The Telegraph’s James Delingpole with a helpful anecdote on how science normally works:
So Dark Energy might not exist after all? Good. I’m delighted to hear it. Not that I have anything personal against this mysterious substance which until very recently scientists believed made up three quarters of the universe. (In fact if it does exist, I want some in a jar in my office. It sounds pretty cool).
No, the reason I’m pleased is because it shows the healthy, normal process of science in action.
Dark Energy was invented by cosmologists “to fit Albert Einstein’s General Theory of Relativity into reality after modern space telescopes discovered that the Universe was not behaving as it should.”
“According to Einstein’s work, the speed at which the Universe is expanding following the Big Bang should be slower than it actually is and this unexplained anomaly threatened to turn the whole theory upside down. In order to reconcile this problem the concept of dark energy was invented”.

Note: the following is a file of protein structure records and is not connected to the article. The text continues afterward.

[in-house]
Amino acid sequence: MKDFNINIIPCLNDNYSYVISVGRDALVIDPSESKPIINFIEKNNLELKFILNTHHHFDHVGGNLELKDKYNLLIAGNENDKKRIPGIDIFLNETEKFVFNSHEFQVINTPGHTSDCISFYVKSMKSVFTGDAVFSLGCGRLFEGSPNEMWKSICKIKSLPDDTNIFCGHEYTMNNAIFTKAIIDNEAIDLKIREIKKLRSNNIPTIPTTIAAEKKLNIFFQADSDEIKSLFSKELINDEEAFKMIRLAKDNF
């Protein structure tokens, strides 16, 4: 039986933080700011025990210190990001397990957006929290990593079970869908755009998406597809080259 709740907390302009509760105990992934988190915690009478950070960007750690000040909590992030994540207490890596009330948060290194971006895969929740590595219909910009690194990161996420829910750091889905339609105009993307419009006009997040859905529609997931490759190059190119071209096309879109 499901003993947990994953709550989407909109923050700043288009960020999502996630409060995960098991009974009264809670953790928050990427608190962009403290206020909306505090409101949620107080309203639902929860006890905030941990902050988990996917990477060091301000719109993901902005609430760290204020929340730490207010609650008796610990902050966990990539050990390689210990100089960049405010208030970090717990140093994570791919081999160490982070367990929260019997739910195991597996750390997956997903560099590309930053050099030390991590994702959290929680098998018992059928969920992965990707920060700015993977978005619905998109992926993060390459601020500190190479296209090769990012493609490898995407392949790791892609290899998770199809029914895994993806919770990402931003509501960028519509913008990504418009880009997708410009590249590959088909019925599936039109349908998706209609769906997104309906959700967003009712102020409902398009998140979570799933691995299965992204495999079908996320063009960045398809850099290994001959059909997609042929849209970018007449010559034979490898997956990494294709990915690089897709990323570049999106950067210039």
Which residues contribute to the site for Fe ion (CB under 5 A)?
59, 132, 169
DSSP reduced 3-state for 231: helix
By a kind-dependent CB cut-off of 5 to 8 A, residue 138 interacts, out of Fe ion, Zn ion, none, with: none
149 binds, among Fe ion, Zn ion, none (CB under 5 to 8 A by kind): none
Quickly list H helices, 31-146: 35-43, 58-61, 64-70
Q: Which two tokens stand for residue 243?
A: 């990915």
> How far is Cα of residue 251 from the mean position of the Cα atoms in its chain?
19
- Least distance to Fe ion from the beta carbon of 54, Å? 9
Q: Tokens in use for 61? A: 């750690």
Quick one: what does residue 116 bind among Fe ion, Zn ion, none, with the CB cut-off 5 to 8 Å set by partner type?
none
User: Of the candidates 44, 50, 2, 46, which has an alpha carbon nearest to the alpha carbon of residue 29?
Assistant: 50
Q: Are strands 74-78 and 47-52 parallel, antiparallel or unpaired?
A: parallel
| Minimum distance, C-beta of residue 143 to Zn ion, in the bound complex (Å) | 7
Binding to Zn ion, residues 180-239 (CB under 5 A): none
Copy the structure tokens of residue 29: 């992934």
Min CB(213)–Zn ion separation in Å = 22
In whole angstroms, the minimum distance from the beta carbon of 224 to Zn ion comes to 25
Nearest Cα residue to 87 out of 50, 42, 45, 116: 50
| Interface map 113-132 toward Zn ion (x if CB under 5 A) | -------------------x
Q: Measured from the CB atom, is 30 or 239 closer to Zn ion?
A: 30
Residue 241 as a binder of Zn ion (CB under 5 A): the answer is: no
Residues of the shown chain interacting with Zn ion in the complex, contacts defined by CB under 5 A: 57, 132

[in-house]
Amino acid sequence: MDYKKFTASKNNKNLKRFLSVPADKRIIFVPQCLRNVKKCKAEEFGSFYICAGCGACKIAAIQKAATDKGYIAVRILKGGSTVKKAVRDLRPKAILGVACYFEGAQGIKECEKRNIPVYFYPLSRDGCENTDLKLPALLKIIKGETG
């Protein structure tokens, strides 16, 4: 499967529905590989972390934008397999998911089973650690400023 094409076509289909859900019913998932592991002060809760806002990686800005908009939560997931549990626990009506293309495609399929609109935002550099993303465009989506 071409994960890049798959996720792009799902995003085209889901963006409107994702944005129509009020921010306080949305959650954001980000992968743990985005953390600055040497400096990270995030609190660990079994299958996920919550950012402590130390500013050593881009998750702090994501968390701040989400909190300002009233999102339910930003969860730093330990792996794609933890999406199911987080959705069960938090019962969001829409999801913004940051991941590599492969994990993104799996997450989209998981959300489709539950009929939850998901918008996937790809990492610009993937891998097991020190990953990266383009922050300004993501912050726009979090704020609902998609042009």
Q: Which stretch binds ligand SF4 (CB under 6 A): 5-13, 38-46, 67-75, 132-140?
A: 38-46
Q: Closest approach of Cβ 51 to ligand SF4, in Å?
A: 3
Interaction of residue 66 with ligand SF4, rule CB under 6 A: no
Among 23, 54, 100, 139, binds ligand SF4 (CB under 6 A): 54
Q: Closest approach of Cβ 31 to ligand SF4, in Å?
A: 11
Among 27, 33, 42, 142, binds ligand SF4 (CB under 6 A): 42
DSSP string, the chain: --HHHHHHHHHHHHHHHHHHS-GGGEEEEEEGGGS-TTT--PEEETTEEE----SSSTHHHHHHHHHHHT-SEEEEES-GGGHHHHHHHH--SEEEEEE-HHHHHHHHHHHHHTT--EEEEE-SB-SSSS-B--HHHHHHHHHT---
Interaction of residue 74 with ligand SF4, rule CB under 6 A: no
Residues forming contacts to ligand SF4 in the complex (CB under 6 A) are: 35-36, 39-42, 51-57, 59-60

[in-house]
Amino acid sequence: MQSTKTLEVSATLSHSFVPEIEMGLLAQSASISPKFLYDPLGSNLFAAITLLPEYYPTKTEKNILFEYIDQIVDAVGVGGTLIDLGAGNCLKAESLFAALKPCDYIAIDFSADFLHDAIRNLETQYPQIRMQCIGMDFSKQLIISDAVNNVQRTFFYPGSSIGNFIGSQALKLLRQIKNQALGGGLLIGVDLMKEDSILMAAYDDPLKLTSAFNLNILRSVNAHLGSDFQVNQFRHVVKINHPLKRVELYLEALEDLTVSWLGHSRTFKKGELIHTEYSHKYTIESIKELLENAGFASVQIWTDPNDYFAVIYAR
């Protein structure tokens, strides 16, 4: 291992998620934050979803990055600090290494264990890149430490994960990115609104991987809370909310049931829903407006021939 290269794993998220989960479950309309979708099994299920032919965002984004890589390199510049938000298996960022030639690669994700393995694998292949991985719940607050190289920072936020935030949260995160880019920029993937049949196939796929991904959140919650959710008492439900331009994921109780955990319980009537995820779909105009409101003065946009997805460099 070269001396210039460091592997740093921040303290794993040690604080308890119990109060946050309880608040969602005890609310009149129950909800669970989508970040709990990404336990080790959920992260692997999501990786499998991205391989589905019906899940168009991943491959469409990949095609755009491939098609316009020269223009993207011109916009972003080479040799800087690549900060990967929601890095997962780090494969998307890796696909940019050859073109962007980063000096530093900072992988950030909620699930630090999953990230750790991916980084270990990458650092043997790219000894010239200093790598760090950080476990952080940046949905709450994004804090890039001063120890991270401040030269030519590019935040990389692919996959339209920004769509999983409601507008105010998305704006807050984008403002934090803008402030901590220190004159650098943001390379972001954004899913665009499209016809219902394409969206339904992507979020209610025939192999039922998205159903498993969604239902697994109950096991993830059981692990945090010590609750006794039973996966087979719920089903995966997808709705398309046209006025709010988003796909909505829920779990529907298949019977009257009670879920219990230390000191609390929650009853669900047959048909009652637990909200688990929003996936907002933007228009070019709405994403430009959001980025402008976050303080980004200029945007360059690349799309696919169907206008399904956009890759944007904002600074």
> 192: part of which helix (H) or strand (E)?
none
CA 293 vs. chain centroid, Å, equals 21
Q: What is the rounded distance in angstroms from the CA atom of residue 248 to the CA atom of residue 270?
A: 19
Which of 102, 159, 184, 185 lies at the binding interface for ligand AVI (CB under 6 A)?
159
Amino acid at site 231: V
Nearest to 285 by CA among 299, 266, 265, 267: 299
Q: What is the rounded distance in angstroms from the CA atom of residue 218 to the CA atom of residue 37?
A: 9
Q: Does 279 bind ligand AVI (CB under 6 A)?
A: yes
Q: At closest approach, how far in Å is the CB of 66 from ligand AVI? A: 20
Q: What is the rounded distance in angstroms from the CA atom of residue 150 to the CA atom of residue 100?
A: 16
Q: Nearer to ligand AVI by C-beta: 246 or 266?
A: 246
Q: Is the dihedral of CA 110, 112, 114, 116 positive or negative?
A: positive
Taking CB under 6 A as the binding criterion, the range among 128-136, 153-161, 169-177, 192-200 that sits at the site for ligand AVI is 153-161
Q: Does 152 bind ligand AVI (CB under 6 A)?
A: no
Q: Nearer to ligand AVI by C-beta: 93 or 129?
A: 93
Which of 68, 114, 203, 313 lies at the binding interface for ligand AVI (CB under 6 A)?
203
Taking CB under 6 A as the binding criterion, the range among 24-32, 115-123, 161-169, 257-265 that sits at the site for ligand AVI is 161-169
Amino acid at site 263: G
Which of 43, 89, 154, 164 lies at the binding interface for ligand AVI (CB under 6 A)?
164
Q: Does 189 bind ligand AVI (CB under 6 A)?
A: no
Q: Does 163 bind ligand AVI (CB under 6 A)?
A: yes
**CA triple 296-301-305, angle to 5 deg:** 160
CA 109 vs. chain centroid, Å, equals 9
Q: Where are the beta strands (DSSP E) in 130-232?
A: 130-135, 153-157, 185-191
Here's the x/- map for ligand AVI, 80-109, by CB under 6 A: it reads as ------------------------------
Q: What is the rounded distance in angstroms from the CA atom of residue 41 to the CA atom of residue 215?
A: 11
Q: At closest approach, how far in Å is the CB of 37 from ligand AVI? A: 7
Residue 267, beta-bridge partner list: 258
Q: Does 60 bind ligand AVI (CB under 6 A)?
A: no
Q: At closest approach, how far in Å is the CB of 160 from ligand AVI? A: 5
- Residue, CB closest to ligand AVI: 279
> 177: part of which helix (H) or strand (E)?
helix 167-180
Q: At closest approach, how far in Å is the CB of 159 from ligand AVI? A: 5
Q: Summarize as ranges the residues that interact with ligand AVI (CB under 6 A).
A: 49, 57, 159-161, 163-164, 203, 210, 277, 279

“But now Blake Temple and Joel Smoller, mathematicians at the University of California and the University of Michigan, believe they have come up with a whole new set of calculations that allow for all the sums to add up without the need for this controversial substance.”
“The research could change the way astronomers view the composition of our Universe.”
Or then again, it might not. Let’s just be grateful, shall we, that Temple and Smoller have been free to publish their research, without being vilified by the rest of the scientific community, risking their funding being withdrawn and being described as “dark matter deniers.”